Congresswoman Jan Schakowsky called for more women to run for higher office and for full LGBT rights equality, while decrying the GOP’s Romney/Ryan presidential ticket as a bad choice for women voters in an interview with Chicago Phoenix at the Democratic National Convention.
“I think our country would be a whole lot better off if there were more than 17 percent women in the United States Congress,” Schakowsky said. “I think the agenda would be more humane and more sensible than under the current majority party in the Congress under Republican’s leadership. We are saying to women that the Romney/Ryan team is wrong for women. People need to vote this election as if their lives depend on it — particularly for women this is true.”
Schakowsky, who has served the 9th District of Illinois since 1999 and has been an ally to the LGBT community, continued to stress her point. When it comes to women’s reproductive health, rights to choice regarding their own bodies, access to birth control, and even pocketbook issues like fair pay, the Democrats’ record is better than Republicans, she said.
“Things that only used to be said in locker rooms are now part of speeches in the U.S. House of Representatives,” she said. “There is no wonder why there is such a gender gap between the Democratic and Republican parties.”
She also highlighted the stark differences between the DNC and the previous week’s Republican National Convention in Tampa, Fla., saying Democrats have an edge with women and LGBT Americans. She commended the DNC’s LGBT delegates, who were 520 strong in Charlotte, N.C., saying they are evidence of the party growing as a whole.
“The LGBT community should pat itself on the back for getting this far. It is stunning to me how far the movement has come even in the last four years,” she said. “The fact that marriage equality is mentioned again and again from the podium — getting rid of Don’t Ask, Don’t Tell; this is such a friendly place where (LGBT delegates) are supported and embraced for who they are. It is remarkable progress.”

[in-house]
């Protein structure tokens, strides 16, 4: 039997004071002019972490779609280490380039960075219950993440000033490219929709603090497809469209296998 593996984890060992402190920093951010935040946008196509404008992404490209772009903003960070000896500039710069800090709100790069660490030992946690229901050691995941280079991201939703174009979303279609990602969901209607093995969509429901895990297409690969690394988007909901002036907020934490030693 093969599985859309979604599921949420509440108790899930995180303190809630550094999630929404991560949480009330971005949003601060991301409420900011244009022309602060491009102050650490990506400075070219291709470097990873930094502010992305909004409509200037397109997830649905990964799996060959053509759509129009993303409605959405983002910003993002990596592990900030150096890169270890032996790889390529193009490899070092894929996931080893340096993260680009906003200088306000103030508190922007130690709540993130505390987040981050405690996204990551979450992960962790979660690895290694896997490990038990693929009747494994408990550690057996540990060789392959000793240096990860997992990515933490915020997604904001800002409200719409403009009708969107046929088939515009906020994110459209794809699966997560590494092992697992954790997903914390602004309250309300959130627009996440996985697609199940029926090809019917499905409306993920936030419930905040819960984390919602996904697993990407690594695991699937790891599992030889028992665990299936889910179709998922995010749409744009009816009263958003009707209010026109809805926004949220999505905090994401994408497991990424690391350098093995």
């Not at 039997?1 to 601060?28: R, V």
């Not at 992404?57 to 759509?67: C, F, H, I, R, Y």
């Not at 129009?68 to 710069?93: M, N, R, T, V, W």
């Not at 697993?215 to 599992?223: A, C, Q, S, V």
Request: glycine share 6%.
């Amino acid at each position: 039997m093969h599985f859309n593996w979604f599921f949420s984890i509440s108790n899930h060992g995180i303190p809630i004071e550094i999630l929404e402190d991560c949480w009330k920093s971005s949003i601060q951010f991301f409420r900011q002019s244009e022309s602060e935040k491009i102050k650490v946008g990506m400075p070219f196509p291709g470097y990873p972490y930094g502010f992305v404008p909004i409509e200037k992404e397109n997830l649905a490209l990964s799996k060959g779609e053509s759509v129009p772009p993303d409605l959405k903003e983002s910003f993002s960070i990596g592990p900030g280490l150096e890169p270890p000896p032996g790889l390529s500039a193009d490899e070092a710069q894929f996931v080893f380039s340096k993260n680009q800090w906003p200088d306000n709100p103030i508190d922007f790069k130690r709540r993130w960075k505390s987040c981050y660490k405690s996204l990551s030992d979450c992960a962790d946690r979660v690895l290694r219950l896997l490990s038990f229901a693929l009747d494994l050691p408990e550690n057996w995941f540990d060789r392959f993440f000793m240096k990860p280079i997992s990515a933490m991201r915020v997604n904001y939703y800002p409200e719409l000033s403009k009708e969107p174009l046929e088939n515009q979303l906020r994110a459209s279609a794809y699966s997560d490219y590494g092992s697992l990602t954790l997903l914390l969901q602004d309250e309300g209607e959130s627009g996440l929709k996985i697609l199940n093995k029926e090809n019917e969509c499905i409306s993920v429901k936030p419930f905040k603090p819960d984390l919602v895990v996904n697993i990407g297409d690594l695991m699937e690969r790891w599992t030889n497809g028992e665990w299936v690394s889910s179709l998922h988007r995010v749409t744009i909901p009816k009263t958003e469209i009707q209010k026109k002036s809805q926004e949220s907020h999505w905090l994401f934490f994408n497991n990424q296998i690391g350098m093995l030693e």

“I see the progress toward human equality on a continuum that — that fight is my fight, even as a straight woman, just as the civil rights movement was my fight as a white woman,” Schakowsky said. “I think a lot of people feel that now.”
Schakowsky said Democrats will be working hard to make key arguments to get women and LGBT voters to the polls to support President Barack Obama’s reelection to a second term.
“This campaign has one of the best organizations I have ever seen, even compared to 2008,” she said. “We have the organization that is going to get the people out. There are dozens of offices in every battleground state, and we are just going to out-organize them.”
Schakowsky is a national surrogate for the Obama reelection campaign.
She said a key concern to the Obama campaign, and to Democrats as a party, is voter suppression. She said Democrats are going to have to do what is necessary to fight back against voter suppression laws.
“That’s what Republicans do, if they can’t win by the rules they change the rules,” she said. “These voter suppression laws are nothing more than making sure that Democrats and Democratic constituencies can’t vote. It has nothing to do with a supposed problem that doesn’t exist.”
Schakowsky said she will continue to travel the country to support Democratic candidates like lesbian Congresswoman Tammy Baldwin (D-WI), as she runs for U.S. Senate; and help get out the vote in the countdown to the Nov. 6 General Election.